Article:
4 Reasons Being Kind Is Good for Your Health
When you help others, you may be helping yourself, especially as you age: A five-year study in the American Journal of Public Health found that people 65 and older who didn't assist friends, neighbors or relatives had a 30 percent higher chance of dying after a stressful life event, like a job loss, than those who were generous. And volunteering for a good cause can give you a greater sense of purpose, which may lower your risk of a heart attack or stroke, according to an analysis of ten studies with around 136,000 subjects. Head to volunteermatch.org to find opportunities (searchable by location, interest, or age group) for everything from grant writing to cat rescue.
Love Your Friends
The depth and breadth of your connections can have an impact on blood pressure and other key numbers in ways similar to diet and exercise, according to a recent University of North Carolina study of more than 14,000 subjects.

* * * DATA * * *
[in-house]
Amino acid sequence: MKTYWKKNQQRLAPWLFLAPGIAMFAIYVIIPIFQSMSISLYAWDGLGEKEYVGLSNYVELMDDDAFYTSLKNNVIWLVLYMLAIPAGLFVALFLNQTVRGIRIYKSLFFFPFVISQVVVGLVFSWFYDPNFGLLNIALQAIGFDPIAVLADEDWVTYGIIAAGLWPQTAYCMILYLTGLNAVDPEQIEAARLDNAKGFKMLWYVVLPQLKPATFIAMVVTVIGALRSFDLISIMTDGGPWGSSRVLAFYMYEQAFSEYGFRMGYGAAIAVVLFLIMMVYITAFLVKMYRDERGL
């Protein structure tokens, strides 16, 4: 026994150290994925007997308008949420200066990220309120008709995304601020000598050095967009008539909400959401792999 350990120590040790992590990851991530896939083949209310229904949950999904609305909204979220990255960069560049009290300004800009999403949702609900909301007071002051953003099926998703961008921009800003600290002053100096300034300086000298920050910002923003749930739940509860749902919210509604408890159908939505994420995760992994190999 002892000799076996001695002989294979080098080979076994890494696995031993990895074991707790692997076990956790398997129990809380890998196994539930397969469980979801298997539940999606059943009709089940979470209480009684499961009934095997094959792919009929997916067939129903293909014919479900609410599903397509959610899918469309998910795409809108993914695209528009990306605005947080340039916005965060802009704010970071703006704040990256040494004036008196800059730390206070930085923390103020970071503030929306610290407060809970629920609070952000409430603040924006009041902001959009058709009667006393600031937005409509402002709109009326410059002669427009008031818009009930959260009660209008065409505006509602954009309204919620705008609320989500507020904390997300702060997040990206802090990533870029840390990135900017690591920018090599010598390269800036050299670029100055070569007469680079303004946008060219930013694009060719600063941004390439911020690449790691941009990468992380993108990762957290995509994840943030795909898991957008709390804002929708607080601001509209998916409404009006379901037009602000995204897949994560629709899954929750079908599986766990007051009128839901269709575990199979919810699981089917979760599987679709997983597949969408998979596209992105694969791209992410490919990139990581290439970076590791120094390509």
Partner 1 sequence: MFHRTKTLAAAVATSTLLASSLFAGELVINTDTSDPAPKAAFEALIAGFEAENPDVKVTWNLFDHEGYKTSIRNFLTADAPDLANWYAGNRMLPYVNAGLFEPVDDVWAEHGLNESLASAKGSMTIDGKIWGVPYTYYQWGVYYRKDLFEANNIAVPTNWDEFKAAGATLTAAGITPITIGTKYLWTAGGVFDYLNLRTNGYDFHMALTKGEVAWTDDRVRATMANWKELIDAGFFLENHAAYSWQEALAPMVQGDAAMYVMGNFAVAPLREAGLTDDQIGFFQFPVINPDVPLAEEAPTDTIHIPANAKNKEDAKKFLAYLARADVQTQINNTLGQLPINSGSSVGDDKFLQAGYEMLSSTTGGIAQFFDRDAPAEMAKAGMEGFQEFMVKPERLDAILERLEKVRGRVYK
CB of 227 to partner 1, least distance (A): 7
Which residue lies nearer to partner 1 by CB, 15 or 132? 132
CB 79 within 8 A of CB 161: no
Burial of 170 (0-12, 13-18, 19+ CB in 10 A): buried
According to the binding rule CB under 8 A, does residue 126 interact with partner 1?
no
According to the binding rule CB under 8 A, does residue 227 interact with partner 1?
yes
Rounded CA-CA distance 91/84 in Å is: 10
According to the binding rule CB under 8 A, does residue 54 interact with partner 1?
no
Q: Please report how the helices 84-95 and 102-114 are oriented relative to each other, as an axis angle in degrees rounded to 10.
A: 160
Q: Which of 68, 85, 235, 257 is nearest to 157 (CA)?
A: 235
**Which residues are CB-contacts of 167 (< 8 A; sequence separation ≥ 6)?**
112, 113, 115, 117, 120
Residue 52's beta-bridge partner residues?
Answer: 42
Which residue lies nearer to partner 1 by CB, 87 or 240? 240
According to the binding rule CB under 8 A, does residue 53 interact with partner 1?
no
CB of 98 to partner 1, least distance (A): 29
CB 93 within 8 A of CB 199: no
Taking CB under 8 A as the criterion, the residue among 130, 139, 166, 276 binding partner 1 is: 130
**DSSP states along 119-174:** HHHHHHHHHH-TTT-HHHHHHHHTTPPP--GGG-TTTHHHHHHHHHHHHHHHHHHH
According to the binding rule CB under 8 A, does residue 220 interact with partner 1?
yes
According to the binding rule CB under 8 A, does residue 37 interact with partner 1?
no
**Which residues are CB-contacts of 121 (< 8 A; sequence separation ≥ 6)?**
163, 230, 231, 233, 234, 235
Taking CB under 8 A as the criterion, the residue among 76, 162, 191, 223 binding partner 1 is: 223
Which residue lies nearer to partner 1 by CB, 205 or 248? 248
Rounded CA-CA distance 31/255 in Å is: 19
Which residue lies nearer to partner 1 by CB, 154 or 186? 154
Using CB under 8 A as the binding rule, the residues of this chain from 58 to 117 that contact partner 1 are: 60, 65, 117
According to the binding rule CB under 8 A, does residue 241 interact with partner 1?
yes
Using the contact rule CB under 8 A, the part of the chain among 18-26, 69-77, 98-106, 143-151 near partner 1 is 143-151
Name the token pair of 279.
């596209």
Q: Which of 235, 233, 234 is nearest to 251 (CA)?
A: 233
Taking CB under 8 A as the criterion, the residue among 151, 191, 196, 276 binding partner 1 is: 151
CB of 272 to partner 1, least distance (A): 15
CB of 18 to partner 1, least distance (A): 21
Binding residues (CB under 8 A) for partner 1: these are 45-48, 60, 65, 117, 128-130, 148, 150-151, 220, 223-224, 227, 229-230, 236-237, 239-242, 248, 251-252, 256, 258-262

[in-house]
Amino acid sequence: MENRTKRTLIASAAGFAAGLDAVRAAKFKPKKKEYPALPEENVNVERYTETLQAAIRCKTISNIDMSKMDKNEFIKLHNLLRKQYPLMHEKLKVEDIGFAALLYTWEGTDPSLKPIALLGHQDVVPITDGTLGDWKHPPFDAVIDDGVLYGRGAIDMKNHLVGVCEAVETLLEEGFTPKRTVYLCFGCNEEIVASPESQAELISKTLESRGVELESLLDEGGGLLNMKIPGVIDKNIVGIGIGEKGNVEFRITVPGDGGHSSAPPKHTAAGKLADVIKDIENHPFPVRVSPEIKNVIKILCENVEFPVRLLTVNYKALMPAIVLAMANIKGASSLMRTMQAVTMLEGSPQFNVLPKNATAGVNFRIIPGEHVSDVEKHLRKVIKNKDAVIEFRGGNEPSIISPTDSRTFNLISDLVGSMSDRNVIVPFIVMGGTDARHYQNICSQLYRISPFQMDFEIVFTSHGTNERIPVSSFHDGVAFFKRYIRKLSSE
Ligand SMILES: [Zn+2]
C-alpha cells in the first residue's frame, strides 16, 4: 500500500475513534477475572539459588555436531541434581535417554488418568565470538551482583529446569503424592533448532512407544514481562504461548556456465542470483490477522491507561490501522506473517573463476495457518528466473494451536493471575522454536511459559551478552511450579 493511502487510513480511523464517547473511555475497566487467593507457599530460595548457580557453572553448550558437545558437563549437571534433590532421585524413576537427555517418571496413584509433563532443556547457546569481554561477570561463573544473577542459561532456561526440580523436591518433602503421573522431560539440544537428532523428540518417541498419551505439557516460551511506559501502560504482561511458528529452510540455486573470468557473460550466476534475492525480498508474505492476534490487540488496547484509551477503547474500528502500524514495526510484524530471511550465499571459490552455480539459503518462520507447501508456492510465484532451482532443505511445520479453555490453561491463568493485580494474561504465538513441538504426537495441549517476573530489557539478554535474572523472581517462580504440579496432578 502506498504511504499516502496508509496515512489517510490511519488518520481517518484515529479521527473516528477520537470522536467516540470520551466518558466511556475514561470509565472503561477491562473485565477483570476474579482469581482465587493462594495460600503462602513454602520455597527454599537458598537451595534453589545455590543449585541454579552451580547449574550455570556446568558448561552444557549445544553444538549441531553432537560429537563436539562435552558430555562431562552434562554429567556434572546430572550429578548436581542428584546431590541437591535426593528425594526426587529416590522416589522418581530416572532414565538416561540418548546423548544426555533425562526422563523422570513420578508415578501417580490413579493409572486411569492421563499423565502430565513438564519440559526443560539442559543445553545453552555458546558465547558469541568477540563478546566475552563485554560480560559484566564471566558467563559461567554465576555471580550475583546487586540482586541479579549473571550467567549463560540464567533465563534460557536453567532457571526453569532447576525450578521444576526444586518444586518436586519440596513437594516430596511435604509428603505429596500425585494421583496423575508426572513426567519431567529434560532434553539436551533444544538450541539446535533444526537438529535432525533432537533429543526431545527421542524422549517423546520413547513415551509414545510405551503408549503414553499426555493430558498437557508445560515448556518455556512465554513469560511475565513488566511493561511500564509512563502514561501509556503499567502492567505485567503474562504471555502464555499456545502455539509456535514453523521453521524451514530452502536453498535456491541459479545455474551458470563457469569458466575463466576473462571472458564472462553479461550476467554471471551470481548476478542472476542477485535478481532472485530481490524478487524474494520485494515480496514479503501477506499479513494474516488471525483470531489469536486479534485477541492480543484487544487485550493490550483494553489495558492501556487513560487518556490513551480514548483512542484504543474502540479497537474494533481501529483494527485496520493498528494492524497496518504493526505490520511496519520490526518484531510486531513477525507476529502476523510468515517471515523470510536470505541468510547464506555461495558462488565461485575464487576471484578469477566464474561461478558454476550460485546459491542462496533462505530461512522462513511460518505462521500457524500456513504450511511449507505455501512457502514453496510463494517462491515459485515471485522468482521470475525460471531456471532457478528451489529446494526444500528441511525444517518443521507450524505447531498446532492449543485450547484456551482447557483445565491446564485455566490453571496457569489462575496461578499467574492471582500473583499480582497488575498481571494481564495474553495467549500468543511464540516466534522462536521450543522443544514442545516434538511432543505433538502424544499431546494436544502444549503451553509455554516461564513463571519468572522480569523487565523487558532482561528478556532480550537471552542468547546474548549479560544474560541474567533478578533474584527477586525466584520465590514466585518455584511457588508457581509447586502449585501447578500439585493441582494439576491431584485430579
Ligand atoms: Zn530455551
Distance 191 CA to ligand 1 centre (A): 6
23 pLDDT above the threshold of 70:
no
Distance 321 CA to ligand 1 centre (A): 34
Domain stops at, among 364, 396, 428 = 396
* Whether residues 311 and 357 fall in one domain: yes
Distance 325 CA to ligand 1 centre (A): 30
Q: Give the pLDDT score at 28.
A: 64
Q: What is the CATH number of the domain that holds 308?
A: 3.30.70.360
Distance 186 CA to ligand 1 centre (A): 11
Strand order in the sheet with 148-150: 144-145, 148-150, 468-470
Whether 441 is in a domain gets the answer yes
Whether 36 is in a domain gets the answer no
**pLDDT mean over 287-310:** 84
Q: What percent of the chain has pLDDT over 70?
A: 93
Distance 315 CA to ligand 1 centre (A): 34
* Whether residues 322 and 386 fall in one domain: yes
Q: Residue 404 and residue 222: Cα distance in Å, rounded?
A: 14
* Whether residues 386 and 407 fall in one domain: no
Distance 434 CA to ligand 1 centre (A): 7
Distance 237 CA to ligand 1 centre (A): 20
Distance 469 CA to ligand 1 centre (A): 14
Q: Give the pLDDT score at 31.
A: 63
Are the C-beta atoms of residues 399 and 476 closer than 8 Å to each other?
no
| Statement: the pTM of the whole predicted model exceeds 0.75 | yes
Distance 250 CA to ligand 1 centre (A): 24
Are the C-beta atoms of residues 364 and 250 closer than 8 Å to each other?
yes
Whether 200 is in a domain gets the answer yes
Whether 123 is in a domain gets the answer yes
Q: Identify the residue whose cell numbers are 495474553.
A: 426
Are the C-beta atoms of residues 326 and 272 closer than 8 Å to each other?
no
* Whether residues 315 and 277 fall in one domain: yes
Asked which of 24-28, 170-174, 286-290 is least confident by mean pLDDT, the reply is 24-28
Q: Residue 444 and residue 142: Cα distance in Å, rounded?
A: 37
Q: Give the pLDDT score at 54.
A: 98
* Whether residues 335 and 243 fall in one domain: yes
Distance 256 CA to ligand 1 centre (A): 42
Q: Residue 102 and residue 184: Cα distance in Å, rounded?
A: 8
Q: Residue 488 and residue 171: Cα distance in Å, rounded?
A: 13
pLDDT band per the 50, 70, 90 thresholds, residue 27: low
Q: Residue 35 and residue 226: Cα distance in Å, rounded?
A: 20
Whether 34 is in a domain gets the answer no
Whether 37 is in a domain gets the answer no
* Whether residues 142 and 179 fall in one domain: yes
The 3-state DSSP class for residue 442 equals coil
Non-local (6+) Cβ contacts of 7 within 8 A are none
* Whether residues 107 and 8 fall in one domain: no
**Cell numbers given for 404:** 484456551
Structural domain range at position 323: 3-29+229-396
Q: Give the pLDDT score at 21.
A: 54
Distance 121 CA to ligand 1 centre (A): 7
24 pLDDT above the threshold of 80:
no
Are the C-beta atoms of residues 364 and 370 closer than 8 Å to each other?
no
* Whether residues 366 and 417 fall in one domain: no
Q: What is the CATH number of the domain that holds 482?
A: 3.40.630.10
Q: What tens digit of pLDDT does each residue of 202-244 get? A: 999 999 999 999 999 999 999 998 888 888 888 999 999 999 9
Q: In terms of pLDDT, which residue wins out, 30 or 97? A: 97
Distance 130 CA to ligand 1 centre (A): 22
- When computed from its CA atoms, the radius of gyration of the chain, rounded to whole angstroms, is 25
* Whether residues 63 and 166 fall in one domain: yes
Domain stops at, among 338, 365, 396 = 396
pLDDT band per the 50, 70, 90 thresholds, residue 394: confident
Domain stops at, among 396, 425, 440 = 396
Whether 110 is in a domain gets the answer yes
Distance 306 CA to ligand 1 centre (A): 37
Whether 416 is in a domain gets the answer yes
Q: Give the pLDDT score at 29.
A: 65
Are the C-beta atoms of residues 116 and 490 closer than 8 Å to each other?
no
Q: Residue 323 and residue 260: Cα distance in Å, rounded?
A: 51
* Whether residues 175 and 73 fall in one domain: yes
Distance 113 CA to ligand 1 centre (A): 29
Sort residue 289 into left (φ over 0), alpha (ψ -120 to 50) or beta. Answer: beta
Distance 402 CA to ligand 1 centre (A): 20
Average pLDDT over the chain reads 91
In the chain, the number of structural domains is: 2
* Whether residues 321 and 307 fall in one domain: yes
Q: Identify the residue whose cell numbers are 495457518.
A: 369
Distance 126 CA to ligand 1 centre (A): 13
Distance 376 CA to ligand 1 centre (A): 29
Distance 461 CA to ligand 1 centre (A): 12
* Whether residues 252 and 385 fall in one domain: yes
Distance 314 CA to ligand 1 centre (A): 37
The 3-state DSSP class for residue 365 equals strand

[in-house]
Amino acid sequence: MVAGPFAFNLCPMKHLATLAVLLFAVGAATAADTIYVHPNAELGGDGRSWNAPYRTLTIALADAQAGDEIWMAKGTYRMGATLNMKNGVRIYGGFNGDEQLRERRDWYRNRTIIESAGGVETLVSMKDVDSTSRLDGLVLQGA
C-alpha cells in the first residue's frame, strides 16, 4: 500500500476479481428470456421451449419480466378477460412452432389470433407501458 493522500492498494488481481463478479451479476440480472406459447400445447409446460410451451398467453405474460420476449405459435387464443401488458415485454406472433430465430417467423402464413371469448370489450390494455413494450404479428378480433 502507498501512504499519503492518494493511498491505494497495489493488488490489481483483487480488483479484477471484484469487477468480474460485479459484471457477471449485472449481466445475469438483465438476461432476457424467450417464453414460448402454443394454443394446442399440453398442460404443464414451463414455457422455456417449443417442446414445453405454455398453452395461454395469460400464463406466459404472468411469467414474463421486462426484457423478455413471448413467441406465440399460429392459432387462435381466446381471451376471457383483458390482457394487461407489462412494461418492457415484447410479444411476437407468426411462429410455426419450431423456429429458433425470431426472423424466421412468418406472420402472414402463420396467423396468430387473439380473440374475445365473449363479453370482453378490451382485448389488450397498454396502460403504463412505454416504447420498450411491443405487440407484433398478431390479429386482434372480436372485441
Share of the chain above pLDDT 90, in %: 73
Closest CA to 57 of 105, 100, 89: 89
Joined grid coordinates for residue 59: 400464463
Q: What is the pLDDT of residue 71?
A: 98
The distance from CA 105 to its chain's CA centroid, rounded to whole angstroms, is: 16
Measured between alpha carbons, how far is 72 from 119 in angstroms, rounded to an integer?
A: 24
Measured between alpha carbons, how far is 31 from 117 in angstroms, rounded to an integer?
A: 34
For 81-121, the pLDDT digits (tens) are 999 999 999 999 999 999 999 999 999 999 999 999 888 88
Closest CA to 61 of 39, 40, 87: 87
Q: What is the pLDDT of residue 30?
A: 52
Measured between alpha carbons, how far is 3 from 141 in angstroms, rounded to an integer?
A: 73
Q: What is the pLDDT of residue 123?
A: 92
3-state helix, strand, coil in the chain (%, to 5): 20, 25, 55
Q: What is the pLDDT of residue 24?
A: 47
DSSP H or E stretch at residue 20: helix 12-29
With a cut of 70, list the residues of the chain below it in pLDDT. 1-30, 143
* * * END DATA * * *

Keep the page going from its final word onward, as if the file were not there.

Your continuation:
Honor Your Feelings
A study published in Psychosomatic Medicine found that women who "self-silenced"—held in their thoughts and emotions—during marital conflicts were four times more likely to die over a ten-year period than women who let it rip.
And Say Hi to the Coffee Guy
People in one small University of British Columbia study who smiled, made eye contact or chatted with their barista reported having a more positive mood afterward.